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Hats revisited (Posted on 2013-12-19) Difficulty: 2 of 5
Three people are trying to win the following game as a team:

Each of them is put on a hat of either red or blue. Assume an equal chance of getting a red or a blue hat, separately for each participants.
Each one can only see the other people's hats, but not his own.
He has to guess the color of his own hat by writing down either "Red", "Blue", or "Don't know".
After all three people submit in writing their guesses, they would jointly win if:

1. At least one of them guessed right,
and
2. None of them guessed wrong .

Note:
"Guessed right" is defined as guessing a color that is the color of the hat.
"Guessed wrong" is defined as guessing a color that is NOT the color of the hat.
It's neither "right" nor "wrong" if "don't know" is submitted as an answer.

Those three people can establish a joint strategy before the hats are put on their heads.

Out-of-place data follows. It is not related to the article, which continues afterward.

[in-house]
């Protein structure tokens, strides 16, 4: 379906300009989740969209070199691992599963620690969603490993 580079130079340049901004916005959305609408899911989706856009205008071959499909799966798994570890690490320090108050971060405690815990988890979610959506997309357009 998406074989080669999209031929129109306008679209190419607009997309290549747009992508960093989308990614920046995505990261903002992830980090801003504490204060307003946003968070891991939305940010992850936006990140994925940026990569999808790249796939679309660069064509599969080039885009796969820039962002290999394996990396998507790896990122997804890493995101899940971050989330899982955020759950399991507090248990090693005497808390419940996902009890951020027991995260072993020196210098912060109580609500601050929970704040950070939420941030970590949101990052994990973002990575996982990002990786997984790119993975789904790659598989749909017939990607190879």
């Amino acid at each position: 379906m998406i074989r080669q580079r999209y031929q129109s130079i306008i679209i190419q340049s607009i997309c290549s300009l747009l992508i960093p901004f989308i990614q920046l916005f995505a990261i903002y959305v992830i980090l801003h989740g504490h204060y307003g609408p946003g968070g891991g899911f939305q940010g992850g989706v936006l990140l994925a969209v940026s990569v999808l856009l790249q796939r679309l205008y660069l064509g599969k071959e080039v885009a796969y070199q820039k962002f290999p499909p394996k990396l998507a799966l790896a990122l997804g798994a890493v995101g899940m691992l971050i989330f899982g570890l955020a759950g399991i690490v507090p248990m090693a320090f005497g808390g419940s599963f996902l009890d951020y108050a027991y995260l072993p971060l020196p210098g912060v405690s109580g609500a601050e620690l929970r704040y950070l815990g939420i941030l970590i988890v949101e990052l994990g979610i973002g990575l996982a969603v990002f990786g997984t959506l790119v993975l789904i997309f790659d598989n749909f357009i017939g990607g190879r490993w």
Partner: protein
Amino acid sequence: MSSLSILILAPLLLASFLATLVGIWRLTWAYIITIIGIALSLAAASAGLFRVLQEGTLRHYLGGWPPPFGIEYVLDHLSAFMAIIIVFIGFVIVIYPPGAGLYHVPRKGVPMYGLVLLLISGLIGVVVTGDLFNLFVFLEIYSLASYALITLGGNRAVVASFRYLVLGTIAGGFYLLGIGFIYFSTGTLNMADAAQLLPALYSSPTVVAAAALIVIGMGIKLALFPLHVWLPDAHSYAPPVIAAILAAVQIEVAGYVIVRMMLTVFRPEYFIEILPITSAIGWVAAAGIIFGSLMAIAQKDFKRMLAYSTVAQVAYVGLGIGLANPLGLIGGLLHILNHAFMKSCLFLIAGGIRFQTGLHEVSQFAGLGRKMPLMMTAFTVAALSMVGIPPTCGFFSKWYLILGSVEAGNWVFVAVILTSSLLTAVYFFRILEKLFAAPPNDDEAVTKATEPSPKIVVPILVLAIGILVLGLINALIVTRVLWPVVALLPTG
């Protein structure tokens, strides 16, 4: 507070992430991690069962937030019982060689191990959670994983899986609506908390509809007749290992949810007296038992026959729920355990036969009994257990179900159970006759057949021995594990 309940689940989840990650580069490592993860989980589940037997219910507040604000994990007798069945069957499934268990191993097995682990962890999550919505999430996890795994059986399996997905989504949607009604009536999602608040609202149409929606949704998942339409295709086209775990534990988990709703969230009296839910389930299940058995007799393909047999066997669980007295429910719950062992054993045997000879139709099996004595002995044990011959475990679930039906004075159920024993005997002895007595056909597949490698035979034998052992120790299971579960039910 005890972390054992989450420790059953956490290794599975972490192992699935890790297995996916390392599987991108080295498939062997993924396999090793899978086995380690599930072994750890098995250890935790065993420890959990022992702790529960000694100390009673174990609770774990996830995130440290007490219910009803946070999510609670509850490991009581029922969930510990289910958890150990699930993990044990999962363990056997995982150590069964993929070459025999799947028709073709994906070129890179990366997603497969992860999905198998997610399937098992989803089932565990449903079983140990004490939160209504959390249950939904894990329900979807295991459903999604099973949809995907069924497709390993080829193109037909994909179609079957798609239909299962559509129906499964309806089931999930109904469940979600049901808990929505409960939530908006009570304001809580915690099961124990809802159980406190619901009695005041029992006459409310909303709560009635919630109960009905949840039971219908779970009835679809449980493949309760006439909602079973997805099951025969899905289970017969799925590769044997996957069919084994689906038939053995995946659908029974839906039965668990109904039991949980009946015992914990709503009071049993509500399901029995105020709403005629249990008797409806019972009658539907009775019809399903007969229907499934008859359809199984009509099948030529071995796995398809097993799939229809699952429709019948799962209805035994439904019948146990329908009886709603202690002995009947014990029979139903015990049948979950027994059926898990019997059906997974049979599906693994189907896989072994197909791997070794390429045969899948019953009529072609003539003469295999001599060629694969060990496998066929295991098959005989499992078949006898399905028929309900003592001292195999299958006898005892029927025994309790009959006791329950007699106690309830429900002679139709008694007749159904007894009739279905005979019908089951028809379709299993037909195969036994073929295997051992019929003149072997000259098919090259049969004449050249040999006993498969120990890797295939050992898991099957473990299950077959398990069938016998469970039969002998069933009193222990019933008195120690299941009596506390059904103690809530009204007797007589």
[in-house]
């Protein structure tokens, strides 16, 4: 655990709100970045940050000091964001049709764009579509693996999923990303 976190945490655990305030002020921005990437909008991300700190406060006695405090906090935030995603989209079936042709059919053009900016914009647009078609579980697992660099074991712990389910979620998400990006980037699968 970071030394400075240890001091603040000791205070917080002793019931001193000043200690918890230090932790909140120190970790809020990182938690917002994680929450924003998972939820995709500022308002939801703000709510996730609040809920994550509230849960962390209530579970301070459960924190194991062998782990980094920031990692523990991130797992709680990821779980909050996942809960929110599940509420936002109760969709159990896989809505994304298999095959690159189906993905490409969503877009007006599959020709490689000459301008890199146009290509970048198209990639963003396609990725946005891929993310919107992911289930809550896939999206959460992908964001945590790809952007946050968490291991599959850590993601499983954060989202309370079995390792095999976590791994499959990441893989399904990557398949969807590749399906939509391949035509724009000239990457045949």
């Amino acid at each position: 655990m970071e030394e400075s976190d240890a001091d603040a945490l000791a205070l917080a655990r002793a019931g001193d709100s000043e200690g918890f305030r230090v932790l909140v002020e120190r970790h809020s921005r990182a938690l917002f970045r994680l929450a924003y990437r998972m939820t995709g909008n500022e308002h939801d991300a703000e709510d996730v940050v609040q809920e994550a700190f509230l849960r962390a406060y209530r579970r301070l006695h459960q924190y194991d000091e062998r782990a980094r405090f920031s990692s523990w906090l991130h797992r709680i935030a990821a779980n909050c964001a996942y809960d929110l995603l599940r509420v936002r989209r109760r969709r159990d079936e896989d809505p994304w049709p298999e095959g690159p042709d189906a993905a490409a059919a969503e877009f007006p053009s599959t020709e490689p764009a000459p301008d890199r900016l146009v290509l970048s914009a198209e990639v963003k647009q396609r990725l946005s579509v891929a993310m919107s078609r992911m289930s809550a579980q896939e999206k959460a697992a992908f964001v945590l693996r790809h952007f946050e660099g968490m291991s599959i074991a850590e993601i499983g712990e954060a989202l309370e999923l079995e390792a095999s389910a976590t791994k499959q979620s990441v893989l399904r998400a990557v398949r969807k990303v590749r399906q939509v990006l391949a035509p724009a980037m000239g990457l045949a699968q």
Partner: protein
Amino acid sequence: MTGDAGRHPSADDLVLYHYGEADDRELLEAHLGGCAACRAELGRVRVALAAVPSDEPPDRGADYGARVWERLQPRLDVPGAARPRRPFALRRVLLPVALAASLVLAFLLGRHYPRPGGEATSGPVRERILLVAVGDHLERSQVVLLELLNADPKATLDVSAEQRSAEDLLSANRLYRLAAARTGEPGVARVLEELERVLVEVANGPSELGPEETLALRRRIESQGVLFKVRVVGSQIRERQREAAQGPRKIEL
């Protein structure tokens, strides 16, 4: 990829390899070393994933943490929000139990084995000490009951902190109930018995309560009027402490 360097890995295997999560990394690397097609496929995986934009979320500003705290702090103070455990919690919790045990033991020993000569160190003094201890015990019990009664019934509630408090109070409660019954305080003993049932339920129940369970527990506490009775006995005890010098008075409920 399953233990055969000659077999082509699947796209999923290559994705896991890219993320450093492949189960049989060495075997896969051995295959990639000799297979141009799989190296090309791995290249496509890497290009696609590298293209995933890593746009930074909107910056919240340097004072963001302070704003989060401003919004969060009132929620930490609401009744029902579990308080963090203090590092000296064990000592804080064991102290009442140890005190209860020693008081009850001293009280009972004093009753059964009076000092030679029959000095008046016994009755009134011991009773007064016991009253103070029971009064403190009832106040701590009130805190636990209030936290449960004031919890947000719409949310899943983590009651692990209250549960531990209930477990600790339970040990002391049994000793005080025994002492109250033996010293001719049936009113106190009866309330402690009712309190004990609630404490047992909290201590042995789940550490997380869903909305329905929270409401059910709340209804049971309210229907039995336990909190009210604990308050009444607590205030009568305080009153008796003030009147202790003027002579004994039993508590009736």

After the hats are on, they can neither communicate to each other nor see other guesses.

What strategy would give them the best chance of winning and what's the probability of winning under that strategy?

Source: Allegedly posted in the elevator of UC Berkeley Math department.

No Solution Yet Submitted by Ady TZIDON    
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Comments: ( Back to comment list | You must be logged in to post comments.)
Some Thoughts re: Logicians don't discuss strategy (spoiler?), but | Comment 2 of 6 |
(In reply to Logicians don't discuss strategy (spoiler?) by Steve Herman)

 Logicians don't discuss strategy (spoiler?),
but THEY SHOULD:

I never saw any "official" solution and my 1st approximation
was exactly like yours:   "if one sees two equal colors, write down the opposite - otherwise offer a "don't know", - the team will win 75% of the rounds played.
I also agree that no prior coordination is needed if three logicians were participating.

My next improvement , needing prior agreement  between 3
people (not necessarily logicians!)provides 100% rate of success as long as the conditions of the process are as described.

One more hint : If you, Steve, your friend and I were the team playing for money, we would accept odds like 1:2.8 (instead of 1:3)  and willingly introduce now and then errors - preventing the disclosure that our strategy cannot fail.

Your turn - 



  Posted by Ady TZIDON on 2013-12-20 11:00:36
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